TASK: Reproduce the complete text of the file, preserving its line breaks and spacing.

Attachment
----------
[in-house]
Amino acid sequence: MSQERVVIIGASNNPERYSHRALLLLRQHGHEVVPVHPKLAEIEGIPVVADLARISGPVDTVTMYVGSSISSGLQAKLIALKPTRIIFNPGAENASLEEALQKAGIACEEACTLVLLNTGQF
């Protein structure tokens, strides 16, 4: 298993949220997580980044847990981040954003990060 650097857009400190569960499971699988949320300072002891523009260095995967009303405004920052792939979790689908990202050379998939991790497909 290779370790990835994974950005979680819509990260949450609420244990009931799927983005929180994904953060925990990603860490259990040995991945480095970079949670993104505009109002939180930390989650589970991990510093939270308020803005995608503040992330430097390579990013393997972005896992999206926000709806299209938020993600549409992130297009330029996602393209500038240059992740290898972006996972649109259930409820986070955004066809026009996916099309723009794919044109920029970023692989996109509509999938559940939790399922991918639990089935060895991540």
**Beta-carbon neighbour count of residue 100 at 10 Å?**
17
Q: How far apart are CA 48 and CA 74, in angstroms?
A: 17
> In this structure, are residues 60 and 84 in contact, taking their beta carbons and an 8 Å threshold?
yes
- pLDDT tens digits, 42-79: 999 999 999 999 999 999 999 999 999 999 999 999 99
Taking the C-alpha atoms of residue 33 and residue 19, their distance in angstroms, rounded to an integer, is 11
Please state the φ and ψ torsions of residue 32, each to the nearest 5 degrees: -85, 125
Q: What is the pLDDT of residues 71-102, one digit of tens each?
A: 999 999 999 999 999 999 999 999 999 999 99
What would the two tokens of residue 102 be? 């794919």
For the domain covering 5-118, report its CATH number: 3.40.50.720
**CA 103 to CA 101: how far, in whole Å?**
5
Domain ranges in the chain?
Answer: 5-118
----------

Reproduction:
[in-house]
Amino acid sequence: MSQERVVIIGASNNPERYSHRALLLLRQHGHEVVPVHPKLAEIEGIPVVADLARISGPVDTVTMYVGSSISSGLQAKLIALKPTRIIFNPGAENASLEEALQKAGIACEEACTLVLLNTGQF
């Protein structure tokens, strides 16, 4: 298993949220997580980044847990981040954003990060 650097857009400190569960499971699988949320300072002891523009260095995967009303405004920052792939979790689908990202050379998939991790497909 290779370790990835994974950005979680819509990260949450609420244990009931799927983005929180994904953060925990990603860490259990040995991945480095970079949670993104505009109002939180930390989650589970991990510093939270308020803005995608503040992330430097390579990013393997972005896992999206926000709806299209938020993600549409992130297009330029996602393209500038240059992740290898972006996972649109259930409820986070955004066809026009996916099309723009794919044109920029970023692989996109509509999938559940939790399922991918639990089935060895991540």
**Beta-carbon neighbour count of residue 100 at 10 Å?**
17
Q: How far apart are CA 48 and CA 74, in angstroms?
A: 17
> In this structure, are residues 60 and 84 in contact, taking their beta carbons and an 8 Å threshold?
yes
- pLDDT tens digits, 42-79: 999 999 999 999 999 999 999 999 999 999 999 999 99
Taking the C-alpha atoms of residue 33 and residue 19, their distance in angstroms, rounded to an integer, is 11
Please state the φ and ψ torsions of residue 32, each to the nearest 5 degrees: -85, 125
Q: What is the pLDDT of residues 71-102, one digit of tens each?
A: 999 999 999 999 999 999 999 999 999 999 99
What would the two tokens of residue 102 be? 């794919």
For the domain covering 5-118, report its CATH number: 3.40.50.720
**CA 103 to CA 101: how far, in whole Å?**
5
Domain ranges in the chain?
Answer: 5-118